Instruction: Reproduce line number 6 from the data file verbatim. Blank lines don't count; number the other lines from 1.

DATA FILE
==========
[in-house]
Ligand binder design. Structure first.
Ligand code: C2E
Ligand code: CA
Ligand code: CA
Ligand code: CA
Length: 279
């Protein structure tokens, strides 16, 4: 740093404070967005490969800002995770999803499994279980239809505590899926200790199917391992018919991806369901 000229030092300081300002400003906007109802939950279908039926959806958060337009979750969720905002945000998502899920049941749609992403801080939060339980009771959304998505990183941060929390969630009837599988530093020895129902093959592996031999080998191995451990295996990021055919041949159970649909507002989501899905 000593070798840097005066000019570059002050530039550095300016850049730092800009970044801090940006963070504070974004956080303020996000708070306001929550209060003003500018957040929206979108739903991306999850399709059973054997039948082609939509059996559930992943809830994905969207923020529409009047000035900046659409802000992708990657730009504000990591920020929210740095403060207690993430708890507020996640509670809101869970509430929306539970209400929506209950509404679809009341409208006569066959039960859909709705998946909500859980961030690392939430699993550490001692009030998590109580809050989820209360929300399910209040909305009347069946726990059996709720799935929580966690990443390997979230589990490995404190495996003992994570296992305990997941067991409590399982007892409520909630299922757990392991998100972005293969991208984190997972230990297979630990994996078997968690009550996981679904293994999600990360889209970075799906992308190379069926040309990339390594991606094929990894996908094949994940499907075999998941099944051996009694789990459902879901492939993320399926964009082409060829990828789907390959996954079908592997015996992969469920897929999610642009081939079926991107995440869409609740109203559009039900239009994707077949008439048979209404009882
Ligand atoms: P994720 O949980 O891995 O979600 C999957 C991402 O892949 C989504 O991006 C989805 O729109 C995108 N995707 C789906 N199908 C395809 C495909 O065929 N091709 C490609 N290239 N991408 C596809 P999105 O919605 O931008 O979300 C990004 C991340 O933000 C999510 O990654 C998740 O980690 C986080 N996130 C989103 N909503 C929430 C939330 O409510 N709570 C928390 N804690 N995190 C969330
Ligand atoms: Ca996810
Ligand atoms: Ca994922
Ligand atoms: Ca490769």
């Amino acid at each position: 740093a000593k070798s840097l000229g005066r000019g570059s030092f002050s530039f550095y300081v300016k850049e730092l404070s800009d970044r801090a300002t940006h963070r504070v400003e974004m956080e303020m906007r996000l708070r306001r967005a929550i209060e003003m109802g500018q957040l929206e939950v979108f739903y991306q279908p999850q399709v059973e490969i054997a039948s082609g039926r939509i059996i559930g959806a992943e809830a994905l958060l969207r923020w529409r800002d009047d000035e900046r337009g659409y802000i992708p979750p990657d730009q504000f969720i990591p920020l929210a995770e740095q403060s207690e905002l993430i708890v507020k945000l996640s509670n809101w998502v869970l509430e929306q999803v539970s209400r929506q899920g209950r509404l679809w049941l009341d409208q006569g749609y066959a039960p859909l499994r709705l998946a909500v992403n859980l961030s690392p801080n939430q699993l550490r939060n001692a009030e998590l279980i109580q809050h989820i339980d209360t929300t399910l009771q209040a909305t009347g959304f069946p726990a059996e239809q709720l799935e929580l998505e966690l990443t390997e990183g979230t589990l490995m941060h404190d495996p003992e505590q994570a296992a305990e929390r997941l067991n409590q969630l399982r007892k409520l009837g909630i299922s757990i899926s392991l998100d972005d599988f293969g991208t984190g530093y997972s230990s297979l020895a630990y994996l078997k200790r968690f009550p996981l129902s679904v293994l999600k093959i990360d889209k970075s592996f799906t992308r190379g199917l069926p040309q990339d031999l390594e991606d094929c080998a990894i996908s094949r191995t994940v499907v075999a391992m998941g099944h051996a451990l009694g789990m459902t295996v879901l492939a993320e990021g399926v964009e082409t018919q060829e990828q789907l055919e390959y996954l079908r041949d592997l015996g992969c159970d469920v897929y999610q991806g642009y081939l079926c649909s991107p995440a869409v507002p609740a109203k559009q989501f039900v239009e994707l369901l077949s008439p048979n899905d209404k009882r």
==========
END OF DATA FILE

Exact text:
Ligand code: CA